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The local stevedores are well equipped for flat batteries and before long we were on our way

 Breakfast was at McDonalds, about 65km up the road from Port Melbourne. We caught up with Rod and Maureen Baker from Port Sorell. We had met them watching the football on the Spirits TV’s the night before. They had trouble finding their way onto the Westgate Bridge. A couple of laps around Port Melbourne and they were on their way.

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Maccas at Wallan is a popular stopping point for breakfast for a lot of caravans off the Spirit

Broadford has a free weighbridge for self checking our weights. Authorities are making all grey nomads aware that they are about to start policing.

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All axle groups are on a seperate weighbridge

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Weights with me not in ute

We are well stocked up with frozen food. While my total weight allowed is 5900kg, being within 60kg of my legal weight was pretty good. We can lighten up a little as we travel and if needed we will not fill the water tanks completely and both gas bottles will not always be full. Dianne will have to refrain from buying too much at all the markets she plans on visiting and I’ll only be able to buy beer by the six pack once the slab in van is consumed.

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Weights with me sitting in ute, conclusion I only weigh 80kg

The sun was shining, as we made our way up the Hume Hwy before turning off at Chiltern. Lunch was at Howlong in NSW and it was only 12.15pm. A short drive and we were setup in the Lockhart Showground by mid afternoon. No facilities but a lovely spot.

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Lots of space but the toilets are locked, definitely only for the self contained

The Doris Golder Gallery is part of the local museum at the Tourist Information Centre. There is a collection of portraits of Australian indentities made entirely of wool. It is a shame that they won’t let you take photos in that section. We were so glad that we decided to spend some money in town in return for the free showground camping.

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A very tiny caravan

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The Double Thomas Splint was used on a local young girl who had a severe case of Polio. Thank heavens the Polio vaccine that we have today

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There is also a video interview with Ann-Maree McLeod that anyone who refuses to vacinate their children should watch


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Lots of art sculptures around town, like this one at the council depot.

Tommorow we plan to slow down and slowly make our way north looking for for warm weather.


Weekend at Devonport

Our last weekend away for the Devil Wheelers and we saved the best until last. We have chosen the Dell Luck Oval, which is part of the Devonfield complex in Devonport. Devonfield is a special needs learning centre. Any camping fees go straight to providing funds to help the centre.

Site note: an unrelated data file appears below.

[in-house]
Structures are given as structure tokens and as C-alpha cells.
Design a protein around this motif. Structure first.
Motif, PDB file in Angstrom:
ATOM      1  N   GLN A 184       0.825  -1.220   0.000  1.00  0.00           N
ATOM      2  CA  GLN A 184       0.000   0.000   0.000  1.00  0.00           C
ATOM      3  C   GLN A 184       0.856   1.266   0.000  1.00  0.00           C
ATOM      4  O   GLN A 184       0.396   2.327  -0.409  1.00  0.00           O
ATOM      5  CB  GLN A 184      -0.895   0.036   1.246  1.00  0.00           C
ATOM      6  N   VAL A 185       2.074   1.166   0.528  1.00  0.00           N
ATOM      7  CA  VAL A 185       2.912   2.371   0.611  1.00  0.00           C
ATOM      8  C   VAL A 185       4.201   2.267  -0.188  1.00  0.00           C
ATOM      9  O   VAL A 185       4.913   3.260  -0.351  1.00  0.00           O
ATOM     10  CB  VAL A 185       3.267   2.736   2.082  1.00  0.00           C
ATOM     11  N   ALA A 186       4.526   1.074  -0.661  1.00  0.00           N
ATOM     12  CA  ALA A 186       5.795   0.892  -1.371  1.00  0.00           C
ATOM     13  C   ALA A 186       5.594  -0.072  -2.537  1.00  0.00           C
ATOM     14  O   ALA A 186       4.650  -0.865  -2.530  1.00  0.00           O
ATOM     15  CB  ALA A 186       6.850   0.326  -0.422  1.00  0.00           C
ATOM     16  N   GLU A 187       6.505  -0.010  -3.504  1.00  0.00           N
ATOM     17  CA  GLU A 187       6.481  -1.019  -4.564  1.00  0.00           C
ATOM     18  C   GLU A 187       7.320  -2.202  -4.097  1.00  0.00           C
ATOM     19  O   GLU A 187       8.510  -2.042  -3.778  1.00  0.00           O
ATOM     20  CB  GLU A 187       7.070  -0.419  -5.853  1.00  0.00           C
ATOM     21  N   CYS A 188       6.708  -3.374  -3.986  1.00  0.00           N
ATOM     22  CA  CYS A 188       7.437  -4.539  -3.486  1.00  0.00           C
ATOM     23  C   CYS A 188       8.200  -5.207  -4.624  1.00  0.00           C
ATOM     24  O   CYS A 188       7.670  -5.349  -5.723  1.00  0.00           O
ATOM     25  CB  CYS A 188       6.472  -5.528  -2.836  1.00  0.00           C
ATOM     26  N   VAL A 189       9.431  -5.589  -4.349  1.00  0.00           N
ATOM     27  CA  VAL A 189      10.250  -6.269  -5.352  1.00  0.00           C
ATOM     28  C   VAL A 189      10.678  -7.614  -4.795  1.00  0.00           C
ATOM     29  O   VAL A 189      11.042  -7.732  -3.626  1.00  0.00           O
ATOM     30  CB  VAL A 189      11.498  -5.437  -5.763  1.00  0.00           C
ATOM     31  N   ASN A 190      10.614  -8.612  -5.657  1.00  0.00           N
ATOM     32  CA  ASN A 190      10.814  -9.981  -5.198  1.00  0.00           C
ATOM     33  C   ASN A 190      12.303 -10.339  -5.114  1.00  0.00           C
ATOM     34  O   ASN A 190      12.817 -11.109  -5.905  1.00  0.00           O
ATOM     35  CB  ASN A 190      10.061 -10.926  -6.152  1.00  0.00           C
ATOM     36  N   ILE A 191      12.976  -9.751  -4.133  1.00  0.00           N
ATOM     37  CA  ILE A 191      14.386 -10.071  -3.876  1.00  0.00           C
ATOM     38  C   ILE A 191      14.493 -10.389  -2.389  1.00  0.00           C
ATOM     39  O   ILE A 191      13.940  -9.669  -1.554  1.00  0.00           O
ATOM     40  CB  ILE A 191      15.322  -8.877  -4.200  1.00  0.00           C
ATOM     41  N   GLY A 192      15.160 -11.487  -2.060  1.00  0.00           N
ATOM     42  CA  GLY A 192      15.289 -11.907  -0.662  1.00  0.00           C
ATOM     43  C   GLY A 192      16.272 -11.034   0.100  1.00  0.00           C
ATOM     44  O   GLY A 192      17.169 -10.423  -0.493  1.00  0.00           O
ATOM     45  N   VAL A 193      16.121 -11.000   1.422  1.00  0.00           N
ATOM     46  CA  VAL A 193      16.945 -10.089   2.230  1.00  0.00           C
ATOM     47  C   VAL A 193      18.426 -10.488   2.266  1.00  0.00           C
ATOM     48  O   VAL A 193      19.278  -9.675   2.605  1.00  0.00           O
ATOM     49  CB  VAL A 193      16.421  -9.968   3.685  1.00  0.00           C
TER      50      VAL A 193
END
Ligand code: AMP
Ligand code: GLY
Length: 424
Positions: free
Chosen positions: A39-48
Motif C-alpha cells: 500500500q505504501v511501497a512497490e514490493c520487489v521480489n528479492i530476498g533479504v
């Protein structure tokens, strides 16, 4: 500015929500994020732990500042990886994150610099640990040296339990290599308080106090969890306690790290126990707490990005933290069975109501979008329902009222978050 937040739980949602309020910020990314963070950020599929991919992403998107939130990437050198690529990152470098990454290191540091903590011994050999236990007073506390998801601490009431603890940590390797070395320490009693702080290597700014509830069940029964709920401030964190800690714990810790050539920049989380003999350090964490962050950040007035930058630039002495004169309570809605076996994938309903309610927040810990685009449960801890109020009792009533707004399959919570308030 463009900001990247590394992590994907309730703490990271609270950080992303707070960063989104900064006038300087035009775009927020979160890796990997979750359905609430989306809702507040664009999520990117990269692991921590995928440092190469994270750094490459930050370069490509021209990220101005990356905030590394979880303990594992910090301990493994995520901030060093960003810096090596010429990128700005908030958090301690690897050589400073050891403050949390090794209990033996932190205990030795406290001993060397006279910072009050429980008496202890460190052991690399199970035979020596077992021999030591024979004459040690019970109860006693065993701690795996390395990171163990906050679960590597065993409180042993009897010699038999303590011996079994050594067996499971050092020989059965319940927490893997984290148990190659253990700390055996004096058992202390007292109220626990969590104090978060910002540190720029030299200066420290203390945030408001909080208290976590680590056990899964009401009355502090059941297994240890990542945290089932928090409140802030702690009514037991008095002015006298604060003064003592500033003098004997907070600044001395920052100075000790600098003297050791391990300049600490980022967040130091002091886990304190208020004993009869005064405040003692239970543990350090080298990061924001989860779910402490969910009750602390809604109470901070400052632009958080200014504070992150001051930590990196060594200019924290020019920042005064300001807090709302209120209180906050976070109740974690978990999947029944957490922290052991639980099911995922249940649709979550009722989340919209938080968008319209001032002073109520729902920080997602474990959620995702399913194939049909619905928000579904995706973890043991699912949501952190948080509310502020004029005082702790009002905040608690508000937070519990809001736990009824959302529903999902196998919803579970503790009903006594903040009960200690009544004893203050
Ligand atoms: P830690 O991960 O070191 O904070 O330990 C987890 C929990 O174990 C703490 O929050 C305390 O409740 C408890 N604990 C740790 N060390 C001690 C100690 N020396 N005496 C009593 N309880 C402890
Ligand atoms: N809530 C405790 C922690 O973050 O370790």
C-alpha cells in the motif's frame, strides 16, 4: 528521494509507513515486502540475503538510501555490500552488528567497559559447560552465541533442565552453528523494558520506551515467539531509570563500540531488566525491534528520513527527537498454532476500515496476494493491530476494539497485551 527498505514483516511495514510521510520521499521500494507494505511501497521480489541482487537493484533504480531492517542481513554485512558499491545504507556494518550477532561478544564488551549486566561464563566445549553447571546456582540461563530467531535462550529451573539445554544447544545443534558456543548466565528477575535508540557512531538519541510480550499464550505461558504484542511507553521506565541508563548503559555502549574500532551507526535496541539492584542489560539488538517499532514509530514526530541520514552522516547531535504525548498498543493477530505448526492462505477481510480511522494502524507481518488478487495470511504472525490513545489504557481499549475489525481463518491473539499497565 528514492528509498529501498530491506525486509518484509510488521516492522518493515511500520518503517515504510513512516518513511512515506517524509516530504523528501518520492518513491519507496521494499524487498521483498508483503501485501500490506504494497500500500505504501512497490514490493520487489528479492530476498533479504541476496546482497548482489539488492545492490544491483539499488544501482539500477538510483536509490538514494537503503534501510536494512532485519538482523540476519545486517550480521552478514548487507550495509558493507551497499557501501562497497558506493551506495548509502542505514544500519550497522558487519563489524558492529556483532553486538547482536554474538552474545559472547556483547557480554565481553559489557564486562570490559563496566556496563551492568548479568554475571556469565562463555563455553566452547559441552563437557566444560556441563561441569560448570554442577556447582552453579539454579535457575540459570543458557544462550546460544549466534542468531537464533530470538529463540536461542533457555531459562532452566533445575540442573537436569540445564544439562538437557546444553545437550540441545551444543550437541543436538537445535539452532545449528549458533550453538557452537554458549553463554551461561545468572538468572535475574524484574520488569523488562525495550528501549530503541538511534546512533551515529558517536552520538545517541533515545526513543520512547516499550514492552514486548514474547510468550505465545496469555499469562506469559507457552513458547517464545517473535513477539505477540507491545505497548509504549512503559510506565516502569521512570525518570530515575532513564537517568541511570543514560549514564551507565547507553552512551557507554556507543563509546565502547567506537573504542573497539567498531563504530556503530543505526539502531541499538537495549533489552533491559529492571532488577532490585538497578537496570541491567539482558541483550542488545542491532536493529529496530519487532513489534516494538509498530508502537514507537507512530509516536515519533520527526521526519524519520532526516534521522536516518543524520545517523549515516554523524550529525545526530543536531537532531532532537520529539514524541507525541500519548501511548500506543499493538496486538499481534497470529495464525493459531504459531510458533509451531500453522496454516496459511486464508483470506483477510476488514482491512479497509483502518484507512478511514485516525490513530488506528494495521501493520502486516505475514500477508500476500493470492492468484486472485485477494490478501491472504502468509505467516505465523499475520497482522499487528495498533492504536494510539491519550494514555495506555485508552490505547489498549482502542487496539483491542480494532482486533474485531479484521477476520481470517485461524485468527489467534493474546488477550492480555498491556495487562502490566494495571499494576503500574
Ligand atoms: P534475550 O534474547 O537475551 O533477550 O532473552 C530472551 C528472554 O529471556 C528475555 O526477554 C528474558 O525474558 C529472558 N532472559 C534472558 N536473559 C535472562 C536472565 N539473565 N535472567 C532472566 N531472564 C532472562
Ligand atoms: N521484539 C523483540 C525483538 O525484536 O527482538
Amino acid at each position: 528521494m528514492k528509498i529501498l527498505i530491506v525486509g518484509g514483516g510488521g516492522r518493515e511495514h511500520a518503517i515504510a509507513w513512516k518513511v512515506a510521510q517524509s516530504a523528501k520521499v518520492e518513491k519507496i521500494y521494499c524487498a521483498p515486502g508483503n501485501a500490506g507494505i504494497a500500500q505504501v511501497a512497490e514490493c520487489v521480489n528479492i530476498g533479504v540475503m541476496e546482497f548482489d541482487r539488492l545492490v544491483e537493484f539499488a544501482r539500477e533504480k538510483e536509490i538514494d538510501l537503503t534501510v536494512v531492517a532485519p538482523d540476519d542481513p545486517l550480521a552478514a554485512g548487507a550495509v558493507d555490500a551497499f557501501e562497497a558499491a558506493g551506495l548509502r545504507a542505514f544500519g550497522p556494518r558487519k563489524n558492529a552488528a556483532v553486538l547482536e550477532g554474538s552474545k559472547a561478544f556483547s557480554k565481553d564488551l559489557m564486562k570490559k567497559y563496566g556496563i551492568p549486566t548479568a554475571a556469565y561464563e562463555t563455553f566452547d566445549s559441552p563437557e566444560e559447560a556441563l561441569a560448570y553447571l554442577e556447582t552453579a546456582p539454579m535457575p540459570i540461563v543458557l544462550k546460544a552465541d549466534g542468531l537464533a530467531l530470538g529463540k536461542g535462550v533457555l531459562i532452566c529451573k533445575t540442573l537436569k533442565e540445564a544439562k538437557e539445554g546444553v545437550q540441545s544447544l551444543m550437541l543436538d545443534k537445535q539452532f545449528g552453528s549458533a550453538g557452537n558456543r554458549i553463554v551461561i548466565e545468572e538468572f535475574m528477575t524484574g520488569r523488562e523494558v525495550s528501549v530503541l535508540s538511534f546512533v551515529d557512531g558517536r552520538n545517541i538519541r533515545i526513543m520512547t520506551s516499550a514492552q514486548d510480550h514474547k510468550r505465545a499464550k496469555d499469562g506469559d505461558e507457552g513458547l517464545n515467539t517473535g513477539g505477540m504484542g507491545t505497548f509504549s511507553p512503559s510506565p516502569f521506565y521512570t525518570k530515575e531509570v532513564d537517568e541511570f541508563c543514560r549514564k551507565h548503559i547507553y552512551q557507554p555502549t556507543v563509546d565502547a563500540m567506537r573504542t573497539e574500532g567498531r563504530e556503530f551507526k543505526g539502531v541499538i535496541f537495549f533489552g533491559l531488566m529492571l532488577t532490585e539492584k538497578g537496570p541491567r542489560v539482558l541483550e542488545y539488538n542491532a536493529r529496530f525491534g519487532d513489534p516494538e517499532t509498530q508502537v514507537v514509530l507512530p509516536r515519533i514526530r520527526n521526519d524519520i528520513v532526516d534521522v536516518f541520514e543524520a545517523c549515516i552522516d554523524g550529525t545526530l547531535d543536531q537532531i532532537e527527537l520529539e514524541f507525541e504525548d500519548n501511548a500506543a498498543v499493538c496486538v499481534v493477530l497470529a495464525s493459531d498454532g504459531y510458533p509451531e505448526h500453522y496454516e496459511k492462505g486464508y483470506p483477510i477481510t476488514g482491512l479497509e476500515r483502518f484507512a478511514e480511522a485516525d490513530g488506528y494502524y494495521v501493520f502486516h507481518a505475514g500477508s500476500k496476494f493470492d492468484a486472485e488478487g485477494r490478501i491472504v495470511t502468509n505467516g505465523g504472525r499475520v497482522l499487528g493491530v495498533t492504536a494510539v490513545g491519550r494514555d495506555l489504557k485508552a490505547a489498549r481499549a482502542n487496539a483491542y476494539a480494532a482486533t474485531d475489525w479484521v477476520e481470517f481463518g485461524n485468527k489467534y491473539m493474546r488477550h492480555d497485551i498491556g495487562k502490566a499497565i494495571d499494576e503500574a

A spacious tv room to watch the footy, the nights are cooling off now and while the firepot does throw out a lot of heat, once the sun goes down, the dew starts to settle and things get damp quite quickly.

A short drive and we are at the mouth of the Mersey River and a flat bike ride makes for some gentle exercise. Susan does cheat a little as she has an electric assist bike

Back at camp the electric bike does create a bit of interest and even my father has a turn

The Devonfield commitee put on a fantasic 3 course meal on the Saturday night. I t impressed us so much that we booked the facility for our Christmas trip in erly December

A Weekend at Turners Beach

The weather has started to cool down and we decided we needed to have some shelter just in case it rained, so for our weekend away with the “Devil Wheelers” we organised to stay at the Veteran Car Club of Australia’s clubrooms at Turners Beach.

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We were pleasantly surprised by the location, fantastic clubrooms and plenty of flat ground to set up camp on. Only 15km from home and I had no idea it was even there. Situated right by the foreshore, right next to the local bike and walking track between Turners Beach and Ulverstone.

Being one of the few that haven’t retired yet, you have to get in early if you want a good spot to set the van up on. I decided to drop the van off as I headed to work, Thursday afternoon. Finally made it to bed at 6.00am, awake and out of bed by 9.30am. I must love this camping stuff, to be this keen.

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The pushbikes travelled very well on the ute and do not get in the way of a sharp turn. The weather did not make for bike riding but we did manage one ride.

Eighteen vans, including six 5th wheelers including 2 from mainland Australia. One of the best things about being a member of the CMCA is meeting up with members from all over Australia who may be touring Tassie and the welcome is reciprocated when travelling on the mainland if you enjoy meeting other groups of campers on their home turf.

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A casserole night and some great clubrooms made for a good feed Friday night

Saturday started off with a 10km bike ride along the bike track into Ulverstone and back again. It was completely flat, much better than my home town of Penguin. One of our plans this year is to take a couple of bikes to enjoy the boardwalks and bike and walking tracks that are on offer around plenty of our country towns.